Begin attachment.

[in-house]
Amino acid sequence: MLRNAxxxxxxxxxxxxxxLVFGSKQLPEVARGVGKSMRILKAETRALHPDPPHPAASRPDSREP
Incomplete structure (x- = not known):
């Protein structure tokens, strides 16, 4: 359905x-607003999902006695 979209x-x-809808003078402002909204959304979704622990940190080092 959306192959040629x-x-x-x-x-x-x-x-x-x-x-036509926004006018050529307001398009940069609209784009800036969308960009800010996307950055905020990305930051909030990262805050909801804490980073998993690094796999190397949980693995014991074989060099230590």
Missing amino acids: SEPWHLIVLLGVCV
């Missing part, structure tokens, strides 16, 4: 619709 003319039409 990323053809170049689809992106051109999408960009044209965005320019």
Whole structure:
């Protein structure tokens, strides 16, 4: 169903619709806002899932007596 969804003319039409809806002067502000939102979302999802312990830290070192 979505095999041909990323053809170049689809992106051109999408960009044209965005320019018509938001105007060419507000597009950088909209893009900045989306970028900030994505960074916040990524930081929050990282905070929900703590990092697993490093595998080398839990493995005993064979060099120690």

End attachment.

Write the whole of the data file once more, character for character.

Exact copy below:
[in-house]
Amino acid sequence: MLRNAxxxxxxxxxxxxxxLVFGSKQLPEVARGVGKSMRILKAETRALHPDPPHPAASRPDSREP
Incomplete structure (x- = not known):
């Protein structure tokens, strides 16, 4: 359905x-607003999902006695 979209x-x-809808003078402002909204959304979704622990940190080092 959306192959040629x-x-x-x-x-x-x-x-x-x-x-036509926004006018050529307001398009940069609209784009800036969308960009800010996307950055905020990305930051909030990262805050909801804490980073998993690094796999190397949980693995014991074989060099230590």
Missing amino acids: SEPWHLIVLLGVCV
């Missing part, structure tokens, strides 16, 4: 619709 003319039409 990323053809170049689809992106051109999408960009044209965005320019």
Whole structure:
């Protein structure tokens, strides 16, 4: 169903619709806002899932007596 969804003319039409809806002067502000939102979302999802312990830290070192 979505095999041909990323053809170049689809992106051109999408960009044209965005320019018509938001105007060419507000597009950088909209893009900045989306970028900030994505960074916040990524930081929050990282905070929900703590990092697993490093595998080398839990493995005993064979060099120690």